Doubled fines fail to deter crashes 

Doubling the traffic fines on city streets that also serve as highways does not prevent car crashes and pedestrian accidents on the busy thoroughfares, according to new statistics.

In January 2009, a new state law doubled the fines for traffic violations on two stretches of roadway in San Francisco — state Route 1 and U.S. Highway 101.

One year into the five-year trial period, however, accidents on one stretch of the roadway covered by the fines have increased by 40 percent, pointing to the ineffectiveness of the penalties alone to make the streets safer for cars and pedestrians.

State Sen. Leland Yee, D-San Francisco, sought for years to implement the double-fine zone on state Route 1 through The City, a
5.2-mile stretch of road that includes 19th Avenue and Park Presidio. In a compromise to have the legislation passed, the double-fine zones included Highway 101 through The City, which includes Van Ness Avenue and Lombard Street.

To act as a test, Lombard Street and Van Ness Avenue doubled the fines for traffic violations. On the 19th Avenue corridor, however, a series of other traffic-calming measures were implemented, including a recent speed limit reduction, intersection “bulb-outs” that shorten the sidewalk-crossing lengths at intersections and more pedestrian countdown signals.

The number of traffic collisions on Van Ness Avenue increased by 40 percent in the past year, according to statistics on the two roadways.

The number of accidents the on 19th Avenue corridor decreased.

Yee spokesman Adam Keigwin said the double-fine zones need more examination, but he conceded that, “while it’s tough to base things on a one-year study, if you were to do that, you could conclude that the double-fine zone doesn’t seem to work in and alone of itself.”

Keigwin said Yee never contended that double-fine zones were the sole panacea for deterring traffic accidents — his ultimate goal was to improve safety conditions on 19th Avenue, which did see a drop in injury collisions during the last year.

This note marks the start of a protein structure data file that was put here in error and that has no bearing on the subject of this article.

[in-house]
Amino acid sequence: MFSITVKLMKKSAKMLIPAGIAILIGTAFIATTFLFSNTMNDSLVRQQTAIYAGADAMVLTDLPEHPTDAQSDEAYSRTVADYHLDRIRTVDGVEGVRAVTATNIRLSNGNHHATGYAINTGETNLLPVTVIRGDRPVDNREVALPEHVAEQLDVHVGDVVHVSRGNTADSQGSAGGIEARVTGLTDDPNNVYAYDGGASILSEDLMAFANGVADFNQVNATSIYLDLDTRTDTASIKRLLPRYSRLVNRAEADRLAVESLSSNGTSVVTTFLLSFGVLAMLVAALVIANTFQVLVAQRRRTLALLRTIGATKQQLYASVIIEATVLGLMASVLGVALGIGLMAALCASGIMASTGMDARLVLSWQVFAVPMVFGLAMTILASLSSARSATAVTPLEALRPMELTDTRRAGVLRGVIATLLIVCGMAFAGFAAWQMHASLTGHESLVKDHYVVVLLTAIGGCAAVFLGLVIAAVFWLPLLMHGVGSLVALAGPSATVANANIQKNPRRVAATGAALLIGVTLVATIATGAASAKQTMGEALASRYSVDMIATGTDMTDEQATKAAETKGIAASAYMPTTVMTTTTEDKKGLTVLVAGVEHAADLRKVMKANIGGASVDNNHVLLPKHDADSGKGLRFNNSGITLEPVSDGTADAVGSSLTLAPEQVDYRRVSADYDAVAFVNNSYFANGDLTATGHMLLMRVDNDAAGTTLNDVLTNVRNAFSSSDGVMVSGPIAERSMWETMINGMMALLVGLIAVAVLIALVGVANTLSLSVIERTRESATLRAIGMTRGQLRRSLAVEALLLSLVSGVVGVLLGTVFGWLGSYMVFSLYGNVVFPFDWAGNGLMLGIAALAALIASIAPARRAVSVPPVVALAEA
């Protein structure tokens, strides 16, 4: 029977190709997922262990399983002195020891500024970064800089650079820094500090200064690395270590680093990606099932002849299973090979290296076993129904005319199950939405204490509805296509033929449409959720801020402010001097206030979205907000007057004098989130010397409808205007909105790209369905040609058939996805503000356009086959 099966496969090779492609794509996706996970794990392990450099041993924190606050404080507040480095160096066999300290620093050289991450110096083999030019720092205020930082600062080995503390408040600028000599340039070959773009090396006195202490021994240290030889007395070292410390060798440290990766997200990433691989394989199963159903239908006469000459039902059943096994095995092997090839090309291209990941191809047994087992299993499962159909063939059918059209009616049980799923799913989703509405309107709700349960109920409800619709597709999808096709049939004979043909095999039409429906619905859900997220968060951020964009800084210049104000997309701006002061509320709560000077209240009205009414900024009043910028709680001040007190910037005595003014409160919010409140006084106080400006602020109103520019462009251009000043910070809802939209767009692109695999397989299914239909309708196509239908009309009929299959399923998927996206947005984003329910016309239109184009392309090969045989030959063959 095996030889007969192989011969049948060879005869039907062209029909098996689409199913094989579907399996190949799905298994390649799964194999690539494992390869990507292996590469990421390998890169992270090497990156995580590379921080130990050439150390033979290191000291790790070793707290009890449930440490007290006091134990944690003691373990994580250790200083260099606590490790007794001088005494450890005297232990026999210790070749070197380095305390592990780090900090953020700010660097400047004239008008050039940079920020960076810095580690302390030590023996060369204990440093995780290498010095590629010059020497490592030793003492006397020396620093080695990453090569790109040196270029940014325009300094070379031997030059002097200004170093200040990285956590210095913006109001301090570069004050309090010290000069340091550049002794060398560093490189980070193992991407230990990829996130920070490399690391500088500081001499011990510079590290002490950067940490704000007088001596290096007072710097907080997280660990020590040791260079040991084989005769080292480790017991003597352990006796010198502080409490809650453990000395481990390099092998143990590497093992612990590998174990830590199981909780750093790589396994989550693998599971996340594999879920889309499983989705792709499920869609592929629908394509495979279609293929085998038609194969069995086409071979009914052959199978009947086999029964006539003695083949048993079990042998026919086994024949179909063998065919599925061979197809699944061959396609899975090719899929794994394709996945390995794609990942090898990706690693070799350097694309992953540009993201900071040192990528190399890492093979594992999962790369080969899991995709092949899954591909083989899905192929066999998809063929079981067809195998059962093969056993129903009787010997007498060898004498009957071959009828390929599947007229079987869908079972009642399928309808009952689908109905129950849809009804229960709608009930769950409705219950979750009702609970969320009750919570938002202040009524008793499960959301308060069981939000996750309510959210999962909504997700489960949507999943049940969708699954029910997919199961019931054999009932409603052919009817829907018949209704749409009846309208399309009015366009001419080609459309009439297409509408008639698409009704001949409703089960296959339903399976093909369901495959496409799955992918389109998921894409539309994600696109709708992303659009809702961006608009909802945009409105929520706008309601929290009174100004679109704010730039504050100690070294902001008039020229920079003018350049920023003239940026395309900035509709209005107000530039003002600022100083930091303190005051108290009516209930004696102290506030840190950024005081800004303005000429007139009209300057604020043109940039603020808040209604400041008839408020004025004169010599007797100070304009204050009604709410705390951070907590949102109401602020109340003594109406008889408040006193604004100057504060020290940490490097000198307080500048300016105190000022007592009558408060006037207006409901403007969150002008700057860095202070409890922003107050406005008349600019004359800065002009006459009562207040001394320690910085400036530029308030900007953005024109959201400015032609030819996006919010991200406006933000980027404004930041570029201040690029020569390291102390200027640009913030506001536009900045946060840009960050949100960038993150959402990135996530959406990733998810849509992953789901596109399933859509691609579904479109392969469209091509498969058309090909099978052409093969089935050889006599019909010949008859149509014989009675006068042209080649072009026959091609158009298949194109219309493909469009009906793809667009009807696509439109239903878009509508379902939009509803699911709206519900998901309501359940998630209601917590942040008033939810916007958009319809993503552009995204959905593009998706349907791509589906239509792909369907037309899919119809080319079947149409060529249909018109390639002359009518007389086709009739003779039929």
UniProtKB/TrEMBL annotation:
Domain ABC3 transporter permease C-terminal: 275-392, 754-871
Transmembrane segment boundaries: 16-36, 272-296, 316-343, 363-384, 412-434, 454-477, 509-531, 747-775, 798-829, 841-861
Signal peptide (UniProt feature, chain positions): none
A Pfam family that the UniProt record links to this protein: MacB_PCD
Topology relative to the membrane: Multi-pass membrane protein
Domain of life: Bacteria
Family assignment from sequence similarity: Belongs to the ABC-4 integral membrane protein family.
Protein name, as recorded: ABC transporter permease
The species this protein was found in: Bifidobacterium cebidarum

Manish Champsee, president of Walk San Francisco, a local pedestrian-advocacy group, said he was “very surprised” about the increased number of traffic collision incidents on Van Ness Avenue.

“I’m glad to see we’ve had an improvement on 19th Avenue, but it’s hard to believe that with the existence of a double-fine [zone] on Van Ness Avenue we’d see such a big jump in the number of accidents,” Champsee said.

Champsee agreed with Keigwin that the double-fine zones are not a “magic bullet” and that they work best with other traffic-calming tools.

He believes that state and city officials should now shift their focus to determine the root cause for the accident increase on Van Ness Avenue.

Yee’s legislation doubles the base fine for motorists violating traffic laws. For example, a driver caught speeding up to 15 miles over the limit normally faces a base fine of $25, but with the legislation, that total increased to $50. With additional local, state and court fees, the total ticket cost rose from $87.50 to $112.50.

 

Safety upgrades

Steps that have been taken in addition to the double-fine zone on the 19th Avenue corridor:

•Reduced speed limit from 35 mph to 30 mph
•Installed pedestrian countdowns at crosswalks
•Upgraded traffic signals
•Increased visibility of overhead signage
•Installed bulb-outs at intersections to reduce length of street crossings

Source: SFCTA, Caltrans

wreisman@sfexaminer.com

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Will Reisman

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